Thursday, 9 July 2015

What a Friend We Have in Jizōs 44

‘Aspire to be like Mt. Fuji, with such a broad and solid foundation  
 that the strongest earthquake cannot move you, and so tall that the     
 greatest enterprises of common men seem insignificant from your 
 lofty perspective. With your mind as high as Mt Fuji you can see 
 all things  clearly. And you can see all the forces that shape events; 
 not just the things happening near to you.’
                                                                          Miyamoto Musashi

The Daibutsu hiking trail finished along the railway tracks, at Kama-kita station. In 1603 the shogun, Ieyatsu Tokugawa, moved the capital to what would become Tokyo, returning Kamakura to the small fishing village it had been before Yoritomo's arrival. That was the plan for the rest of our day as well. But it didn’t go as planned.
The uniformed railway official, behind his protective booth, gestured that we couldn’t board any Tokyo-bound trains from his station. Robyn and I would have to take a commuter south into Kamakura city. Because we didn’t understand how to buy the required tickets out of the machine, his frustration boiled over when he came out from his protective booth, and physically fired our washed coins into the right slots. We bowed low for being so incompetent, and left on the first carriage into Kamakura.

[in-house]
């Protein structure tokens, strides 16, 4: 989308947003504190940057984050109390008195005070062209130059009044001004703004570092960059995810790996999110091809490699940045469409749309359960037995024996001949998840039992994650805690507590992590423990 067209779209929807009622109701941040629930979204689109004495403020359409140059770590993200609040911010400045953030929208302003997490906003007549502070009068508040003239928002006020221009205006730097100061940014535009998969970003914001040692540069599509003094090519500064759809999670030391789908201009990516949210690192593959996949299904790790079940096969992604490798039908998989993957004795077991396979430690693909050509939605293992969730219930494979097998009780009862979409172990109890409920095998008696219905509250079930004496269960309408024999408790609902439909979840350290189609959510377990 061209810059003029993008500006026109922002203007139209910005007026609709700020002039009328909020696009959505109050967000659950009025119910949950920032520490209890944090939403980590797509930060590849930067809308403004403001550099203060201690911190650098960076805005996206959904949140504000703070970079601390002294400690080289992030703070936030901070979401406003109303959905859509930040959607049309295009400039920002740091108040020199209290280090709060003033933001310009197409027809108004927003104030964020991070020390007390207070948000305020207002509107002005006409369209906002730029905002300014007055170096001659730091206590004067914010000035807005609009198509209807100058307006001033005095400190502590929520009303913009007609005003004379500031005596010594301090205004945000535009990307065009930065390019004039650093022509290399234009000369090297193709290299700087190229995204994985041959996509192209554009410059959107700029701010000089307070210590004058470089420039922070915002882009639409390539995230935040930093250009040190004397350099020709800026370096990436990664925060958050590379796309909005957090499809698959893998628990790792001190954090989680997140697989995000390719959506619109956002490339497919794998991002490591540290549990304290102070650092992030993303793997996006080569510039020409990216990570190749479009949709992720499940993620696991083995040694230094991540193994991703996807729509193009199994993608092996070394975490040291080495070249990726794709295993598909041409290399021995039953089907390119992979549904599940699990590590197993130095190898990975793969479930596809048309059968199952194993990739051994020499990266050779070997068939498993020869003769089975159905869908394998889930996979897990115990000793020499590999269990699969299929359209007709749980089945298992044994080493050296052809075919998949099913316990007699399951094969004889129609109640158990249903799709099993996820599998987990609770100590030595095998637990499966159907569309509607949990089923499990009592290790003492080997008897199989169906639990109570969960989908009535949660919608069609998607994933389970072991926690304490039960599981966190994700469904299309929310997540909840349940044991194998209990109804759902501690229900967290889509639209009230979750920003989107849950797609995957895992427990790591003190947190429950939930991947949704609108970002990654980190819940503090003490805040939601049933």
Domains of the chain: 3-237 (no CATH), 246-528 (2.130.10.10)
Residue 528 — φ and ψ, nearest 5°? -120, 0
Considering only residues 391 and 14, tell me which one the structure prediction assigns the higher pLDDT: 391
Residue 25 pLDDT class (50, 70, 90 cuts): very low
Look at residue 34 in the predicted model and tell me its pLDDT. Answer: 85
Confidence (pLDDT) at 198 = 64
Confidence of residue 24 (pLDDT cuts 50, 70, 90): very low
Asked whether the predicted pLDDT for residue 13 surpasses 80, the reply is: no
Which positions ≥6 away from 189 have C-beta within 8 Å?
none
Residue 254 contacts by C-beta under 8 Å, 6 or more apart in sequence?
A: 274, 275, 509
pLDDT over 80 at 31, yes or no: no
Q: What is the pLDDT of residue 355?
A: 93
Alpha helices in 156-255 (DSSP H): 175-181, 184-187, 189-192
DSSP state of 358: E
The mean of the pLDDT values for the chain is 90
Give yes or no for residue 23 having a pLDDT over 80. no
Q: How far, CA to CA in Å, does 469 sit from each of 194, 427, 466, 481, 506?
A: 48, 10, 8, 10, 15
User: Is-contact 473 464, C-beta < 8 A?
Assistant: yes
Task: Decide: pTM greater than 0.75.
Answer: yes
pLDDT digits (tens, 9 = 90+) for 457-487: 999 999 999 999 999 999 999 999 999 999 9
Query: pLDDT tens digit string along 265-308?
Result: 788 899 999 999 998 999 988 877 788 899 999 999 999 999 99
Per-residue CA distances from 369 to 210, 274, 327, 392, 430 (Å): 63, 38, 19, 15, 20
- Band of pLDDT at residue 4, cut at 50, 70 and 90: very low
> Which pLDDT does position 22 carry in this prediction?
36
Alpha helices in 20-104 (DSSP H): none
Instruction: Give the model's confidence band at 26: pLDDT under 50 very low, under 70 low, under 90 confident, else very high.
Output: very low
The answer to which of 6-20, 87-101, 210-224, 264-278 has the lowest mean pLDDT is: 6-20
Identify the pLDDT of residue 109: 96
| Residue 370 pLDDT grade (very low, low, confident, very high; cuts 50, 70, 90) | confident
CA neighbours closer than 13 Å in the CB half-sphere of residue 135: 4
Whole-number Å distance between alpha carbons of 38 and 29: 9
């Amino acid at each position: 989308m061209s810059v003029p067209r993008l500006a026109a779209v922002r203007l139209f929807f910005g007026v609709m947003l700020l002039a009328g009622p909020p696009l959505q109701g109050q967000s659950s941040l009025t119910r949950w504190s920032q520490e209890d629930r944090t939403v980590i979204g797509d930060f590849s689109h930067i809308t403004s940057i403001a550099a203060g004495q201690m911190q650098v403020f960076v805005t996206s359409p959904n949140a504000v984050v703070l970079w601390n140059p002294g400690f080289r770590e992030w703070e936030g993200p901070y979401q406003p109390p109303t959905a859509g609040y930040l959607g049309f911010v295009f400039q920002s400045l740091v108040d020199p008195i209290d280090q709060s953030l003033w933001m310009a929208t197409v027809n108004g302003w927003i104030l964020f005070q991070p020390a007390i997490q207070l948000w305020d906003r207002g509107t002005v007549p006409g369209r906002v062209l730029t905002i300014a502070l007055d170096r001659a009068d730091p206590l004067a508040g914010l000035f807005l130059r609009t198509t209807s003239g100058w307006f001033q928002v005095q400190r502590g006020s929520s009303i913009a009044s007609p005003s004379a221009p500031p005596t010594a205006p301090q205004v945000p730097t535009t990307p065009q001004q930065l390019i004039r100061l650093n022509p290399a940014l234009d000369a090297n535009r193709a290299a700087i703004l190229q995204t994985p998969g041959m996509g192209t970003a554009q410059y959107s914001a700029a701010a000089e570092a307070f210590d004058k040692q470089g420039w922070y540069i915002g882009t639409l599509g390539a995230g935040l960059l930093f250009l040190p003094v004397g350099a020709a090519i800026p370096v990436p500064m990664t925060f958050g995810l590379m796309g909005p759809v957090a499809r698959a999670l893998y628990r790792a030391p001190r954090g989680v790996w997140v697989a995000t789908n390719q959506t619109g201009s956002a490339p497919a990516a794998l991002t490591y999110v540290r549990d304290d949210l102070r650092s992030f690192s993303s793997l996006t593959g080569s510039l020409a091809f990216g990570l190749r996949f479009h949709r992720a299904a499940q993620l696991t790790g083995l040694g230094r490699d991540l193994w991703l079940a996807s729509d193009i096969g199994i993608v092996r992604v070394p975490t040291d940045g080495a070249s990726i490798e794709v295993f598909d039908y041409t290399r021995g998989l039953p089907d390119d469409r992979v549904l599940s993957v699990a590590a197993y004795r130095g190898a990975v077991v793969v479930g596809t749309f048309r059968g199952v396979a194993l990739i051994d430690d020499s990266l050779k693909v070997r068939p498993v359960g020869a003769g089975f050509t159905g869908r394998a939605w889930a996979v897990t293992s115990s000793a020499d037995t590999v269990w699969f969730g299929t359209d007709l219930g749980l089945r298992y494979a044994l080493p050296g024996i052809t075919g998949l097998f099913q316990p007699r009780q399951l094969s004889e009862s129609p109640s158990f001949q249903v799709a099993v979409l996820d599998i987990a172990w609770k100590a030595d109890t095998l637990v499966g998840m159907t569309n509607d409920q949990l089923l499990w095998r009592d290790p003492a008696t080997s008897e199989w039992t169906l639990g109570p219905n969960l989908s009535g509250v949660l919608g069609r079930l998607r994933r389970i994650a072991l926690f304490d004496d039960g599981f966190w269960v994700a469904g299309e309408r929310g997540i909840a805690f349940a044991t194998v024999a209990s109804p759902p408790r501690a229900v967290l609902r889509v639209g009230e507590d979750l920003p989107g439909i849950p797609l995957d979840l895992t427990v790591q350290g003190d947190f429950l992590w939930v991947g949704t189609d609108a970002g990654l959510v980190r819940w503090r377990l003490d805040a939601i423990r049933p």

We began walking a long, wide city centre boulevard, through multiple torii, towards the Tsurugaoka Hachimangu Shrine, tracking the time we had before our real train would leave for Tokyo. Off in the distance we could just make out our destination, growing larger too slowly. The shrine was dedicated to Hachiman, god of archery and war and, by extension, after Yoritomo built the shrine in 1180, the protector of the samurai warrior class he had brought to power.
In front of a shop with an intricate display of plastic food, Robyn and I bought two murasaki-imo sofuto purple sweet potato ice cream cones. We ate them as fast as we walked, making every lick and second count.
Flanking the main approach to Tsurugaoka were two ponds. One represented the Minamoto Clan and has three islands, while the other symbolized the Taira Clan, the Minamoto's arch rivals, and has four islands, because the number four is pronounced the same as ‘death’ in Japanese.
“Lots of death here.” I said. To the left of the wide stairway leading up to the Hongu main hall had been a large ginkgo, once used as a hideout in an ambush attack on a shogun. Every autumn the tree turned beautifully golden, but it died in a winter storm four years before our visit.

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